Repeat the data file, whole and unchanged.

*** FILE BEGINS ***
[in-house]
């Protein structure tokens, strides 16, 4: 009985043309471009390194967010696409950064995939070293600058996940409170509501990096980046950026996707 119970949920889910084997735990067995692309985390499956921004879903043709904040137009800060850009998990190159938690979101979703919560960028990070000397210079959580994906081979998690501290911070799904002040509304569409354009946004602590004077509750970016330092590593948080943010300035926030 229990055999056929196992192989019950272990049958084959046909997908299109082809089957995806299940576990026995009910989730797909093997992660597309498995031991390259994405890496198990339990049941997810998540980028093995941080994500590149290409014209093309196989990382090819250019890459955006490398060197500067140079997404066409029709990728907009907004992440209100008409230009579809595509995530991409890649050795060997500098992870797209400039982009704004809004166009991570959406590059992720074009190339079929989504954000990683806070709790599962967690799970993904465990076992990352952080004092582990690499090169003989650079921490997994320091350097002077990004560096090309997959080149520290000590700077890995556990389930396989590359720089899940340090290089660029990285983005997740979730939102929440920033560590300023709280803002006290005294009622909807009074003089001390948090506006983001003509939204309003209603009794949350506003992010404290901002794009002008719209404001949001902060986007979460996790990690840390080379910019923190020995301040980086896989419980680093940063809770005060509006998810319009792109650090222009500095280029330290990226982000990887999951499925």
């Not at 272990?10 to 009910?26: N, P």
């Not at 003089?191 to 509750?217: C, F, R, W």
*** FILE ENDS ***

[in-house]
């Protein structure tokens, strides 16, 4: 009985043309471009390194967010696409950064995939070293600058996940409170509501990096980046950026996707 119970949920889910084997735990067995692309985390499956921004879903043709904040137009800060850009998990190159938690979101979703919560960028990070000397210079959580994906081979998690501290911070799904002040509304569409354009946004602590004077509750970016330092590593948080943010300035926030 229990055999056929196992192989019950272990049958084959046909997908299109082809089957995806299940576990026995009910989730797909093997992660597309498995031991390259994405890496198990339990049941997810998540980028093995941080994500590149290409014209093309196989990382090819250019890459955006490398060197500067140079997404066409029709990728907009907004992440209100008409230009579809595509995530991409890649050795060997500098992870797209400039982009704004809004166009991570959406590059992720074009190339079929989504954000990683806070709790599962967690799970993904465990076992990352952080004092582990690499090169003989650079921490997994320091350097002077990004560096090309997959080149520290000590700077890995556990389930396989590359720089899940340090290089660029990285983005997740979730939102929440920033560590300023709280803002006290005294009622909807009074003089001390948090506006983001003509939204309003209603009794949350506003992010404290901002794009002008719209404001949001902060986007979460996790990690840390080379910019923190020995301040980086896989419980680093940063809770005060509006998810319009792109650090222009500095280029330290990226982000990887999951499925």
């Not at 272990?10 to 009910?26: N, P």
């Not at 003089?191 to 509750?217: C, F, R, W």